Women Veterans Day, also referred to as Women Veterans Recognition Day and Women Veterans Appreciation Day, is observed on June 12th, a date chosen to mark the anniversary of the Women’s Armed Services Integration Act. Not yet recognized nationally. There are many states that have passed legislation or a proclamation.
Even though women have been serving since the Revolutionary War, President Harry S. Truman on June 12, 1948, signed into law the Women’s Armed Services Integration Act, it enabled women to serve as permanent, regular members of not only the Army but also the Navy, Marine corps, and the recently formed Air Force. Prior to then, only women nurses could serve in the regular and reserve forces during peacetime.
Women in Texas led the charge with Governor Greg Abbot signing Women Veterans Day into law on June 9, 2017. Many states have followed. Veterans, active members of the military, and civilians are all encouraged to reach out to their state’s Veterans Administration to urge lawmakers to recognize this important date.
This legislation was radical for its time, and yet it placed limitations on women’s service that seem astonishing today. Under the law’s provisions and implementing policies women could:
- Constitute no more than two percent of the total force and the number of women officers could not exceed ten percent of that total.
- Promotions for women officers were capped above paygrade 03 (Army, Air Force and Marine Corps Captain and Navy Lieutenant) Only a limited number of women could serve above that paygrade, and they could not serve permanently as Navy Captains or Colonels in the other services. They were barred altogether from Flag and General Officer ranks. The Coast Guard was not included in the legislation.
- Woman were banned from serving aboard Navy ships except for transports and hospital ships and aboard any aircraft that could have a combat mission. Ground Combat was excluded from this legal ban because Congress considered the idea of women in ground combat as too ridiculous to warrant inclusion.
- Women were denied spousal benefits unless their spouses were verified as unavoidably dependent on their wives for at least fifty percent of their support.
- Women were also excluded by policy from exercising Court Martial or Non-Judicial Punishment authority over men—which made them ineligible to command any units that were not all-female.
- Any woman who became pregnant, became the guardian of a child under 18 or married a man with a child under 18 who spent more than 30 days per year in the household was discharged from service.
On June 12, 1948, President Truman signed the Women’s Armed Services Integration Act, enabling women to serve as permanent, regular members of the United States Armed Forces. There is much history behind this date, although the act promised more opportunities for women, it also limited the number of women who could serve in each branch to two percent of the total number of enlistees per branch. So, while women certainly integrated the armed forces, their overall presence remained limited. Prior to the signing of this act, many women were limited to roles as reservists, volunteers, and government employees, or even used alternative methods such as impersonating men to fight for our country.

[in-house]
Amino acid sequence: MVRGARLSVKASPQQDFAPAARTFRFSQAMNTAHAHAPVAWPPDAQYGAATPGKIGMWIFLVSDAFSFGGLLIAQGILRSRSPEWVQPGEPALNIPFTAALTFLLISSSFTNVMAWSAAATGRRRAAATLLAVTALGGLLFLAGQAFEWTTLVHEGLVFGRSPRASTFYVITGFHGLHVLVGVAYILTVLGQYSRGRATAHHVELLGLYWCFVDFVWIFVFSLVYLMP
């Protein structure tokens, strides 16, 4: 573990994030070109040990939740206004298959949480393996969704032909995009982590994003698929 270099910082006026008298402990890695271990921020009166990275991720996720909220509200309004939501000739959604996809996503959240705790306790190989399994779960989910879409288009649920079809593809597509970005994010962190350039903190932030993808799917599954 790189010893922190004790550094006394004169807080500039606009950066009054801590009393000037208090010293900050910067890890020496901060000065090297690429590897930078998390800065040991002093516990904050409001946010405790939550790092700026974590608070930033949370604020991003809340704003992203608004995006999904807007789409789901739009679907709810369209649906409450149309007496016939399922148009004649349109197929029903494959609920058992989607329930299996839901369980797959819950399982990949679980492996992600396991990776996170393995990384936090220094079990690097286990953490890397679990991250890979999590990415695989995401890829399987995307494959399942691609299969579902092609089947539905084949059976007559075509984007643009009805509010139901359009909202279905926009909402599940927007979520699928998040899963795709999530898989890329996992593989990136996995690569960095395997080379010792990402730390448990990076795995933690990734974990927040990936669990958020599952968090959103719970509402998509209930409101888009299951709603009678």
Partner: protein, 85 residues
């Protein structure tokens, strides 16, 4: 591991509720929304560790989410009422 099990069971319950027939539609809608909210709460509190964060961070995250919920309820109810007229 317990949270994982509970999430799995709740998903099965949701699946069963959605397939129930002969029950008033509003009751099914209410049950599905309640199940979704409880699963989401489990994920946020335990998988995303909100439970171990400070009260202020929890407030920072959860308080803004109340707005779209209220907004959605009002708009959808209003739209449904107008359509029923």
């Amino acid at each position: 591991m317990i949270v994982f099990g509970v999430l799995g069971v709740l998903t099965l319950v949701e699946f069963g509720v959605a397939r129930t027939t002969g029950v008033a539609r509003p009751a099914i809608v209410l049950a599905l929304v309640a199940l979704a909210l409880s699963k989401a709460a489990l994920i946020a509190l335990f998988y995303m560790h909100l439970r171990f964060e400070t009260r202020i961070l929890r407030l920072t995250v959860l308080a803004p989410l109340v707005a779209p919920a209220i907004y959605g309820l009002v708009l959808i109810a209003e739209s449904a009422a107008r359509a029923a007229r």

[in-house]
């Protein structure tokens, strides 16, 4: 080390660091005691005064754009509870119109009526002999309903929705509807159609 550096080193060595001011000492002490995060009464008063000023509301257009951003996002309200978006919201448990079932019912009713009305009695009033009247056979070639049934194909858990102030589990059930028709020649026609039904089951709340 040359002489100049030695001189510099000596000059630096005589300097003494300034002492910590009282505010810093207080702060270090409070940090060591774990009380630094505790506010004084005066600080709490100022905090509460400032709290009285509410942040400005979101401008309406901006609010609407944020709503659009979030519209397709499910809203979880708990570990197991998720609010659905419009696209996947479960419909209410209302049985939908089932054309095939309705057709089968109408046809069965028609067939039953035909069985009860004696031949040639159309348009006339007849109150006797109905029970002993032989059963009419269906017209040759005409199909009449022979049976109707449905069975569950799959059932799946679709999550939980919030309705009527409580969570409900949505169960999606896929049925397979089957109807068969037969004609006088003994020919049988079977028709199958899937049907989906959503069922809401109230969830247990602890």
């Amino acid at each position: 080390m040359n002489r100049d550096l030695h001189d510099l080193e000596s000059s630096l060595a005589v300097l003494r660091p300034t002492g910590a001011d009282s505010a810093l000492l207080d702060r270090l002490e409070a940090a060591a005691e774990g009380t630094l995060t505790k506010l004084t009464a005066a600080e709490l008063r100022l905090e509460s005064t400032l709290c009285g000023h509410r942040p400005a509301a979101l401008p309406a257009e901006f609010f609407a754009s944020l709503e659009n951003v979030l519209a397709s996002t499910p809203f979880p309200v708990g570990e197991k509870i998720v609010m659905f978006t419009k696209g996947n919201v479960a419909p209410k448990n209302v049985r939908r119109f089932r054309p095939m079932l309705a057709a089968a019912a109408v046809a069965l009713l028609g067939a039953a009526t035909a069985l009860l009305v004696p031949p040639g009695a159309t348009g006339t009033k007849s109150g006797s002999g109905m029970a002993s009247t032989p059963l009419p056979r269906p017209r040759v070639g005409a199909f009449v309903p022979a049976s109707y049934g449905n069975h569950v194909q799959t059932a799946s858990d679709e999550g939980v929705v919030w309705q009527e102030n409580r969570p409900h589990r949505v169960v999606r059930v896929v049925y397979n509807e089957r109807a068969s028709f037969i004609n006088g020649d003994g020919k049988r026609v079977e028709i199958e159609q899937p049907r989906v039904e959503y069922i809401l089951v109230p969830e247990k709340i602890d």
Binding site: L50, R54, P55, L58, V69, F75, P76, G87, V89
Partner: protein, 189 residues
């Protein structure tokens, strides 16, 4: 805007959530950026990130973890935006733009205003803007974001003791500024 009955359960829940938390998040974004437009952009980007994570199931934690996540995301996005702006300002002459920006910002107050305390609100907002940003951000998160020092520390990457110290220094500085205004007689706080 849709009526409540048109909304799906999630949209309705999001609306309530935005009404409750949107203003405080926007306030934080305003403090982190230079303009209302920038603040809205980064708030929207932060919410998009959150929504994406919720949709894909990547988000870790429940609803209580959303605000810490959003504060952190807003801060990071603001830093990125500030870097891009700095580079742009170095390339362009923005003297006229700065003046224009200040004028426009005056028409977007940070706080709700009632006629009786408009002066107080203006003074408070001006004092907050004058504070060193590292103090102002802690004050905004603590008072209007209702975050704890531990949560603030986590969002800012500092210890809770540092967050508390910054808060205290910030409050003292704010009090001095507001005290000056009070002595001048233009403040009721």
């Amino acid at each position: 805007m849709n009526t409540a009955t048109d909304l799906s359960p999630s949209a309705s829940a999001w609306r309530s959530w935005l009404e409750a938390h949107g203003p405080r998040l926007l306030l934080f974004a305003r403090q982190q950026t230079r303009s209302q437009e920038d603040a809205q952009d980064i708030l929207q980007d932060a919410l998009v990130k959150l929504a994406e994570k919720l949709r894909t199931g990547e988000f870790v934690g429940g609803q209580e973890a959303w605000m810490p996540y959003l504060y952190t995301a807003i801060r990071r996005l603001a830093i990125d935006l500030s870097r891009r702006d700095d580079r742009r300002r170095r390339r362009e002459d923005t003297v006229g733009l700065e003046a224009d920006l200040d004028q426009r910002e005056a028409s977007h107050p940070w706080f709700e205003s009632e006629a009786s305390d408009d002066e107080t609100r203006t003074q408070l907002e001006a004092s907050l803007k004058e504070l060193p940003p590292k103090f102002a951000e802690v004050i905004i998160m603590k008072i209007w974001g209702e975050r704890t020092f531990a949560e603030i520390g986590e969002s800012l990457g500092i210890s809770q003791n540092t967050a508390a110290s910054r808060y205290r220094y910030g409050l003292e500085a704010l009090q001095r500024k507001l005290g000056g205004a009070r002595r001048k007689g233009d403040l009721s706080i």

Many of the women who served during WWI and WWII were not granted veteran status until long after their service and sadly, many passed before they were officially recognized as veterans. The Women’s Armed Services Integration Act, coupled with Truman’s decision to desegregate the military, also permitted African-American women to officially serve in the military. Annie E. Graham, for example, became the first African American woman to join the Marine Corps in 1949.
Women have served in America’s wars and conflicts throughout America’s history and performed many jobs, playing vital roles in the Revolution, serving as soldiers, raising morale, and spying on the enemy. More than 400 women fought in the Union and Confederate armies during the Civil War. During World War I, about 35,000 women officially served as nurses and support staff, such as the Hello Girls, formally known as the Signal Corps Female Telephone Operators Unit. In World War II, 140,000 women served in the Women’s Army Corps (WACs) performing critical jobs, such as military intelligence, cryptography, and parachute rigging. In August 1943, the WAFS and WFTD merged into a single unit for all women pilots and formed the Women Airforce Service Pilots (WASPs), who flew more than 60,000 miles in two years. During this time, the 6888th Battalion was formed as the first and only all-Black Female Women Army Corps (WAC) unit to be deployed overseas during WWII. Their nickname was “Six-Triple Eight” and their motto was “No Mail, Low Morale.”
A time to educate, validate, and commemorate women who have served. Today there are still many women Veteran history lessons to be taught. There are almost two million women Veterans in the United States, Puerto Rico, and Territories/Foreign, according to VA.
|Women serve in George Washington's spy ring during Revolutionary War
|Deborah Sampson, disguised to serve in Continental Army
|Mary Edwards Walker, 1st Female Medal of Honor Recipient
|Cathay Williams, First African American Woman to Enlist
|Congress Passes Women's Armed Services Integration Act
|Elizabeth Barrett, was the first female to hold operational command in a combat zone.
|The first women to graduate from the service academies
|Wendy B. Lawrence, the first Navy Woman selected as an Astronaut by NASA
|The Center for Women Veterans was established by Congress
|Martha McSally, the First Female fighter pilot to fly on a mission in Iraq
|Army General Ann Dunwoody, the first female to achieve a four-star officer rank
|All military positions officially opened to qualifying individuals regardless of gender
|Army Capt. Kristen Griest, the first female infantry officer in American History